Kingsport’s 13th Annual Sculpture Walk is a Sight to See
When the Office of Cultural Arts (OCA) put out a national call for artists for the show, artists all across the country responded.
“With an artist from New Jersey and an artist from Key West, Florida, we are proud that we can bring a diverse group of artists to exhibit in the show,” said Hannah Powell, Coordinator for the Cultural Arts program. “Our department strives to not only highlight the local talent that we have in the Kingsport area, but we also like to import various artists’ work to share diverse creativity with the community of Kingsport.”
This year, the OCA is bringing eight new sculptures to the downtown area of Kingsport. Two of the artists are new to the exhibition, while two of the artists have exhibited in Kingsport before.
“For those who really enjoyed C.R. Gray’s ‘Popsicles’ at the Kingsport Farmers Market, I’m sorry to report the sculpture has been replaced,” said Powell. “The good news is, it has been replaced by another one of the same artist’s treasures that is perfect for the market location: ‘Watermelons.’”
Jim Gallucci is also returning, this time bringing two arches, one at City Hall, “Monarch Migration,” and one on the corner of East Market and Commerce Street, “A Flock of Blackbirds.” Powell hopes that those visiting the art galleries like Cindy Saadeh, Suzanne Justis and Up Against the Wall will find his blackbirds arch to be a nice touch to the artistry found on Market Street.
New artist, Nathan Leslie, comes from North Carolina. Three of his sculptures can be found along the downtown strip of Broad Street. Two, “Family” and “Growth,” will be at the intersection with Main Street, and his third one, “Joy,” is a pop of color in the City Hall garden along Church Circle.
The other new artist is Mary Angers of New Jersey. Mary brings a sculpture called “Twisted” at Broad and Center Streets that resembles the line structure found in the Noland Plan for the city. Her second sculpture, “Timeless,” can be found on Broad Street at its intersection with New Street.
Though sculptures have been delivered and installed throughout the month of October, the official opening of the exhibition is October 23 with a reception at City Hall, 415 Broad Street. Shuttle rides to view the sculptures will begin at 10 a.m. Maps will also be provided for those who prefer to walk. Charlie Brouwer, guest juror, will be visiting to share his insight into the artwork he chose for show.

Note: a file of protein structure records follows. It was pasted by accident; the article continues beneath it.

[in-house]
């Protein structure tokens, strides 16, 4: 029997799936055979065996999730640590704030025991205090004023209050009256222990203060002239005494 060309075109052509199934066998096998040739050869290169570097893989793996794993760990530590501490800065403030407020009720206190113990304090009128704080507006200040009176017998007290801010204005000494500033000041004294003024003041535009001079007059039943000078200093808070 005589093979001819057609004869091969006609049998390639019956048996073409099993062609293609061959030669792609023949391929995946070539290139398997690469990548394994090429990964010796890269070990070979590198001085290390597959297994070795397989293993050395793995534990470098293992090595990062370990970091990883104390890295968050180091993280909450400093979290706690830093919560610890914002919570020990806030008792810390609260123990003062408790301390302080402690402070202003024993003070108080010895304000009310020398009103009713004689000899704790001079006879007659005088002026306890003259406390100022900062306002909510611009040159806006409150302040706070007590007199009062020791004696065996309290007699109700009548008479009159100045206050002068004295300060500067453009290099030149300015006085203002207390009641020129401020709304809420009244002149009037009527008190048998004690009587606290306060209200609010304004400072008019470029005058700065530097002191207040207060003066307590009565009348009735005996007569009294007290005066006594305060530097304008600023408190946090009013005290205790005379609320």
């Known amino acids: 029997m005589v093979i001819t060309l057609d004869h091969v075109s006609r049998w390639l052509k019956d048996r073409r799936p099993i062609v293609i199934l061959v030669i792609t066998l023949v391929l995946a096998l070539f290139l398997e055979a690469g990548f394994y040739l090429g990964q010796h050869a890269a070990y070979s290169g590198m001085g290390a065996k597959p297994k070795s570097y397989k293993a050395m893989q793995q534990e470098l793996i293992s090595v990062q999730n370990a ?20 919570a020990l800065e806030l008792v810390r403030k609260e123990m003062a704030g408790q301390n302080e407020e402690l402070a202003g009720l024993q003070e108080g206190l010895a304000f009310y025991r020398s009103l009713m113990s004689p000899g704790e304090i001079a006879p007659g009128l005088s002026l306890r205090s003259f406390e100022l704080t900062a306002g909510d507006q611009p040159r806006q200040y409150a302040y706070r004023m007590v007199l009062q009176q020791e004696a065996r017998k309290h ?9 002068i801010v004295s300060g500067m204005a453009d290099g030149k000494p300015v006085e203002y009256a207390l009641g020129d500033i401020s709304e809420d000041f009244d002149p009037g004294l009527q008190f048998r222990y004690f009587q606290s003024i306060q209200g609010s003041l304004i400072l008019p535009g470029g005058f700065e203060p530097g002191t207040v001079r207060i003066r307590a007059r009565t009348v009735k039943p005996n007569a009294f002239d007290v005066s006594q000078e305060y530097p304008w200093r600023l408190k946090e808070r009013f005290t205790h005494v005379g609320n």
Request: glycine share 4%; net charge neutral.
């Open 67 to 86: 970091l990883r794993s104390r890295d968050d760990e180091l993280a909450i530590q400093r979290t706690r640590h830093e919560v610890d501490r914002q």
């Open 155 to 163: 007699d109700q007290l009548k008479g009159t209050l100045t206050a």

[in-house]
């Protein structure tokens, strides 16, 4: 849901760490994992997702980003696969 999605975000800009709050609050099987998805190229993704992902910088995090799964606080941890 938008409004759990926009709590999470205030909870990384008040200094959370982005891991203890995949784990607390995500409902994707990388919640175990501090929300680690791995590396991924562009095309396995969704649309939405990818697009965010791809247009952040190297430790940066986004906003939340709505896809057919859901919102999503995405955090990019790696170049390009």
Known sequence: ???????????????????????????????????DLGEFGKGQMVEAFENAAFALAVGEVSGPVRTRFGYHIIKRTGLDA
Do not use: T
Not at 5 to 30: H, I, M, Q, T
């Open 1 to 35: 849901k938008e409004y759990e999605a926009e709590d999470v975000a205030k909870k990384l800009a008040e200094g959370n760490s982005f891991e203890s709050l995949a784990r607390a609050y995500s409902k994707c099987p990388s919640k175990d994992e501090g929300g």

For more information on the Sculpture Walk, please visit www.EngageKingsport.com or call 423-392-8414.
Map of the SW13 Sculptures with brief bios is available for download viewing HERE:
The Office of Cultural Arts (OCA), part of the City of Kingsport, connects, coordinates and engages the public with a creative community. We operate the Renaissance Arts Center, the Farmer’s Market, the Kingsport Carousel, the Carousel Fine Craft Show, Kingsport Public Art Program, Engage Kingsport Performing Arts Series and a broad range of support to the area’s arts organizations. The OCA works in tandem with Engage Kingsport, Inc., the “Friends of the Cultural Arts” group, a private, volunteer-led 501(c)3 non-profit community organization.
About the City of Kingsport
Founded in 1917, the City of Kingsport (pop. 53,000) is located on the Tennessee-Virginia border at the crossroads of I-81 and I-26 near the geographic center of the eastern U.S. The city is widely known as a planned community, designed by renowned city planner John Nolen and wrapping around the foot of Bays Mountain – a 3,500-acre park, nature preserve, planetarium and observatory. Kingsport is recognized as an International Safe Community by the National Safety Council, a Healthier Tennessee community, and won the 2009 Harvard Innovations in American Government Award for its higher education initiatives. While many city names are duplicated throughout the U.S., there’s only one Kingsport – a fact that invokes community pride, known locally as the “Kingsport Spirit.”